Text copyright 2014 by Scott Ross

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“New Faces” (Or: I wish I was in Hell with my back broken)

From my “So few critics, so many poets” blog.

“New Faces” (Or: I wish I was in Hell with my back broken).

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That sinking feeling: Waiting for the epithet (Or, “Frickin’ Faggot!”)

From my So few critics, so many poets blog

So few critics, so many poets

In my 1930s Hollywood play The Dogs of Foo, the character Paul Lehrmann, based slightly on George Cukor, confronts his leading actress on the set of the movie they’re shooting. She’s just ordered Paul’s young assistant, whom she suspects, quite accurately, is also his lover, to carry a note for her. Paul steps in, reminding his star that “Johnny takes orders from me, Lita, not from you.”

“And what else does he take from you?” She snaps back. “Dick-tation?”

PAUL: Sooner or later, it always comes out, doesn’t it?

LITA: Paulie—

PAUL: Who needs vino for veritas?

LITA: I didn’t mean it, Paulie. I’m upset, I’m sorry.

PAUL: They always are—after they’ve said it. Never before, never during, but always, always after.

If you, as they say when pussyfooting, happen to be gay, much of your entertainment life is spent waiting for that insidious other shoe to drop. Especially…

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Janus or Pluto?: (Some more) theatre on video and film

By Scott Ross

the-producers

When I first heard that Mel Brooks’ wildly uneven but utterly original 1968 comedy The Producers was being developed as a stage musical, my heart sank. Another adaptation of a movie? This was only in 2000, remember, long before the mad rush to plaster the entirety of Broadway with pre-sold movie titles and “jukebox” shows, yet the trend had already planted its pernicious roots, due largely to the flowering of Michael Eisner’s beloved “synergy”: Beauty and the Beast, The Lion King. It now routinely requires two dozen named producers to mount the average musical in New York; a movie company can spend and spend (and spend — Spiderman: Turn Off the Dark, anyone?) in the theatre, and its investment will still be, comparatively, minimal, even relatively painless.

My apprehension for this particular show was largely alleviated when I discovered that Brooks himself was writing the score, and co-authoring the book. Since Brooks has written delicious songs for most of his movies (including of course that subversive ear-worm “Springtime for Hitler”* for the original Producers) even his not being a trained musician/composer did not concern me unduly. After all, neither was Irving Berlin, and he did well enough. But a nagging thought persisted: What in the world could they do with L.S.D.? The character, a brain-addled hippie whose spaced-out inanity garners him the starring role in that self-same Broadway musical Springtime for Hitler, had dated almost immediately, and badly. When I finally saw The Producers, around 1976, after practically memorizing the dialogue on the original soundtrack LP, it was immediately apparent that L(orenzo) S(t.) D(uBois) was one of those topical jokes that doesn’t travel; he was already embarrassingly recherché fewer than 10 years after the movie’s release. Thirty years on he’d be well night insupportable.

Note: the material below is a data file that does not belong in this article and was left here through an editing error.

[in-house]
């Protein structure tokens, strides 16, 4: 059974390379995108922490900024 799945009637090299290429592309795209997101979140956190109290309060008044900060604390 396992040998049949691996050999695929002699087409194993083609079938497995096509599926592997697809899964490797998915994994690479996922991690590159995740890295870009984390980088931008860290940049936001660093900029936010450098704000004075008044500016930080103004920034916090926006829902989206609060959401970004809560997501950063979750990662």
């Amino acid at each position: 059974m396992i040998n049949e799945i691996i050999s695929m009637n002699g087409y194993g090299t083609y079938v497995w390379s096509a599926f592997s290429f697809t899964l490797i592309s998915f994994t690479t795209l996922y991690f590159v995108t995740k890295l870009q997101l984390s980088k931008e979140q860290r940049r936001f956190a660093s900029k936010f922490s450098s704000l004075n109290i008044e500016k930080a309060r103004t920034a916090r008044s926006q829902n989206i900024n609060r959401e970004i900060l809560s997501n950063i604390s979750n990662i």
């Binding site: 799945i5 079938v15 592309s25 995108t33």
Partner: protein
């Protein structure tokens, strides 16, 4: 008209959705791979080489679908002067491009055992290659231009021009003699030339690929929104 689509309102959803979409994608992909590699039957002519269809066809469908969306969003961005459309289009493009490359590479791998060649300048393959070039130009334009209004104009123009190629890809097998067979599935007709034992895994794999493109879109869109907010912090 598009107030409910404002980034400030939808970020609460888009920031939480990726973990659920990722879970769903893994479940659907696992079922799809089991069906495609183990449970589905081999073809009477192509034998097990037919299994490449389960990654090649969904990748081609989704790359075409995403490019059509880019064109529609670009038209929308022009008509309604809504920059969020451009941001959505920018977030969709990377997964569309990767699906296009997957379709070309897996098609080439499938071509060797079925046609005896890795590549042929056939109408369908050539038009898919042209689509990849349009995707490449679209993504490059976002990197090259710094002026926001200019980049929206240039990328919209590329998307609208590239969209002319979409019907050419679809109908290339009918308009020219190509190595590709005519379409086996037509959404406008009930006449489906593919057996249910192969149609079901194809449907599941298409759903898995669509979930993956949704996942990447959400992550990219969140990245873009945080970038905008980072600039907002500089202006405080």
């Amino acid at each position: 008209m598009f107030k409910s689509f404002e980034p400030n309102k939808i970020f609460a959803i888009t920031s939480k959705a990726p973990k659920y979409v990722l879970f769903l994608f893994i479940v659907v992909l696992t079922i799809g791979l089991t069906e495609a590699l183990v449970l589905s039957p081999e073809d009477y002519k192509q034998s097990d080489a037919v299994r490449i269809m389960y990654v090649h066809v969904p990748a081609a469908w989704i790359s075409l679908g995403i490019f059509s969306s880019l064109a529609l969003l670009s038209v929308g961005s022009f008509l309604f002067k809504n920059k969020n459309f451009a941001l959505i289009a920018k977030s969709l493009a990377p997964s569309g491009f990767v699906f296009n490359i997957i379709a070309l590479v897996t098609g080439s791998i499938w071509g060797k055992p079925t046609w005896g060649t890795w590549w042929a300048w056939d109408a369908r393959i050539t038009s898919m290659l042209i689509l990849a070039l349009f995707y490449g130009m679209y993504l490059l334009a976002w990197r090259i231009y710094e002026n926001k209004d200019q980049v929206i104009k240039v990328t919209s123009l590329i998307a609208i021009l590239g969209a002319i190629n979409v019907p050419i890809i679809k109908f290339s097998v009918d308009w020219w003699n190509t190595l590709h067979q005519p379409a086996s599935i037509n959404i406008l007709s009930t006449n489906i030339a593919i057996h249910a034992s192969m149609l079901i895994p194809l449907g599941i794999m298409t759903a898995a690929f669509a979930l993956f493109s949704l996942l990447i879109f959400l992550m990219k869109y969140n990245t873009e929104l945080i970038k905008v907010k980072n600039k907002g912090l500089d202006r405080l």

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I needn’t have worried. Not only did Brooks and his co-writer, Thomas Meehan, dispense with L.S.D., they hit upon the happy notion of setting the show, not in the 1968 of the picture, but in the infinitely more tuneful, fiscally healthy Broadway environs of 1959. The choice of that year does not seem incidental. It was, after all, the apex of big shows with big scores: Flower Drum Song, Elaine Stritch in the Leroy Anderson-scored Goldilocks, Frank Evans and Jay Livingstone’s witty and underrated Oh, Captain!, The Sound of Music. Not to mention such hold-overs as Harold Rome’s Destry Rides Again, the Bock-Harnick Fiorello!, Mary Rodgers and Marshall Barer’s Once Upon a Mattress, Frank Loesser’s The Most Happy Fella and, of course, the record-shattering My Fair Lady of three years prior; memories were fresh, too, of Judy Garland’s most recent stage concert, which is not as incidental to The Producers as it may at first appear. As well, ’59 saw the original production of that most perfect of all musical plays, another “musical fable” the alternate brassiness and tendress of whose score (and star) were surely beacons to Brooks: The irreducible, incandescent Merman-starred Gypsy. What an atmosphere for this show’s putative hero, the impoverished yet indefatigable Max Bialystock, not merely to exist, but to thrive! That this incomparable Max was to be portrayed by the equally inimitable Nathan Lane was further indication that something potentially wonderful might be happening.

Mel Brooks

I’d read and heard nothing of the advance buzz The Producers was generating when I picked up the newly recorded cast album. Merely glancing at the photos tickled me; hearing the score itself sent me into ecstasies. I am fully persuaded that with The Producers, Mel Brooks, already a nearly lifelong hero to me for his almost incredibly nimble brain and indomitable joie de vivre, had written the wittiest — and funniest, which is not always or necessarily the same thing — most tuneful, most intractably memorable original score in years. The finest work by a gifted amateur composer since the heyday of Frank Loesser; the greatest 1959 Broadway musical never produced.